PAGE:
ggWorldMap <- ggplot2::ggplot() +
    ggplot2::geom_polygon(data = World,
                            aes(x = long,
                                y = lat,
                                group = group),
                                fill = "grey82",
                                color = "white",
                                alpha = 0.6)
ggWorldMap +
     ggplot2::theme_void() +
     ggplot2::labs(title = "Basic World Map (geom_polygon)")
ggsave(filename = "ggWorldMap.png",
       width = 6.5,
       height = 4,
       units = "in")


Add the tweet data to the map

Now that I have a basic projection of the world, I can layer the twitter data onto the map with ggplot2::geom_point() by specifying the long and lat to x and y. The data argument also needs to be specified because we will be introducing a second data set (and will not be using the World data).

This is what’s referred to as the mercator projection. It is the default setting in coord_quickmap(). I also add theggplot2::theme_void() for a cleaner print of the map (without ticks and axes) and changed the dimensions of the output PNG file.

 

gg_Merc_title <- "#DubNation and #StrengthInNumbers tweets worldwide, June 9 - June 12, 2018"
gg_Merc_cap <- "Tweets collected with rtweet the hashtags #DubNation and #StrengthInNumbers"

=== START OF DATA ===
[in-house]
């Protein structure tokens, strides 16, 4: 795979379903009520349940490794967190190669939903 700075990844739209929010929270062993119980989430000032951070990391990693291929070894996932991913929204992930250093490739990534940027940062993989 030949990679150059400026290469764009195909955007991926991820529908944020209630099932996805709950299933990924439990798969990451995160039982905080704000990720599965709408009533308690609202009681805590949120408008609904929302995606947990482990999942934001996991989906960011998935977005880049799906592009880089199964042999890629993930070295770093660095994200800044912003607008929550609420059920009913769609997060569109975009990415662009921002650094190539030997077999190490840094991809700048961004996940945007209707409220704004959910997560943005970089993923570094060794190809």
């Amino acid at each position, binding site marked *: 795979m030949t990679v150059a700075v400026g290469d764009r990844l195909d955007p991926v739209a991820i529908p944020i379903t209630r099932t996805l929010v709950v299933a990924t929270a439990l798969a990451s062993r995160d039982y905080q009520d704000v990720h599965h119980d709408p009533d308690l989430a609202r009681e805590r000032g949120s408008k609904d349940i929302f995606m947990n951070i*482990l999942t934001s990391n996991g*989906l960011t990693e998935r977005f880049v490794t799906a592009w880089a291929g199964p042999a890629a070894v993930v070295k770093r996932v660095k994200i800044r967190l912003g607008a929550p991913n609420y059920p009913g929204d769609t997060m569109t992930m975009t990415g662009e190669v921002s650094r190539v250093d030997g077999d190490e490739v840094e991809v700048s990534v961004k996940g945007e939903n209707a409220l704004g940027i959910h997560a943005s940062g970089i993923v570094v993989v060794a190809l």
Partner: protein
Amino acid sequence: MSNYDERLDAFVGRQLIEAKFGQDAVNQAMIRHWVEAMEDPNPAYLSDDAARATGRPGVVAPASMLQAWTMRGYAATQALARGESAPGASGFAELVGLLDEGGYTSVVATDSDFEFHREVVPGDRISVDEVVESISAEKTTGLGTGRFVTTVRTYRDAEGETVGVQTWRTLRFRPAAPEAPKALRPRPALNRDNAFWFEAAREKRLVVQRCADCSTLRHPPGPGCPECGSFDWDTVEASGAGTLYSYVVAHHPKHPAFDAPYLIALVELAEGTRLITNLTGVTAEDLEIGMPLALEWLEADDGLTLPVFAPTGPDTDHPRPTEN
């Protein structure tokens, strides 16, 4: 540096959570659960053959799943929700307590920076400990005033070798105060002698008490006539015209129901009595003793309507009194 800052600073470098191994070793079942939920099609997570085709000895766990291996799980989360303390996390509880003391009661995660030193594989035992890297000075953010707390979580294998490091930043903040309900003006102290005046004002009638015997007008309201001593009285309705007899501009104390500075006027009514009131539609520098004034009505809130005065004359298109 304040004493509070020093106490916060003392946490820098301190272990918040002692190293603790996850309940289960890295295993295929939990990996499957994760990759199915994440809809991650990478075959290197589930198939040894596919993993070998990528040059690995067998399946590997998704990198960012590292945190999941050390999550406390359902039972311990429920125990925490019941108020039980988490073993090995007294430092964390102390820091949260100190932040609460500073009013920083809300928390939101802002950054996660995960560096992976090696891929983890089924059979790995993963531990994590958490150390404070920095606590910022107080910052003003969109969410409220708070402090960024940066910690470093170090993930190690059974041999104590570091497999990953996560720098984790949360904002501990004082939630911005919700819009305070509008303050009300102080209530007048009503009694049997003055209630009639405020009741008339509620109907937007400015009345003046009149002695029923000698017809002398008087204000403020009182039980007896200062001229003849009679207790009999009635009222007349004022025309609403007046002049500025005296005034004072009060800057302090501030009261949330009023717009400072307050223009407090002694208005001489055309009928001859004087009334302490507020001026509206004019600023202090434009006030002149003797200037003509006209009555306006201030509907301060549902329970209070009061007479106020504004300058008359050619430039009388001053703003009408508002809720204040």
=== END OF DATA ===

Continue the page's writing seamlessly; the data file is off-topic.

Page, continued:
gg_mercator_dubstrngth <- ggWorldMap +
    ggplot2::coord_quickmap() +
        ggplot2::geom_point(data = DubNtnStrngthNmbrsLoc,
                        aes(x = long, y = lat),
                        size = 0.7, # reduce size of points
                        color = "firebrick") +
    # add titles/labels
        ggplot2::labs(title = gg_Merc_title,
        caption = gg_Merc_cap) +   
        ggplot::theme_void() +
gg_mercator_dubstrngth

ggplot2::ggsave(filename = "gg_mercator_dubstrngth.png",
                width = 14.4,
                height = 7.43,
                units = "in")


The Mercator projection works well for navigation because the meridians are equally spaced (the grid lines that runs north and south), but the parallels (the lines that run east/west around) are not equally spaced. This causes a distortion in the land masses at both poles. The map above makes it look like Greenland is roughly 1/2 or 2/3 the size of Africa, when in reality Africa is 14x larger.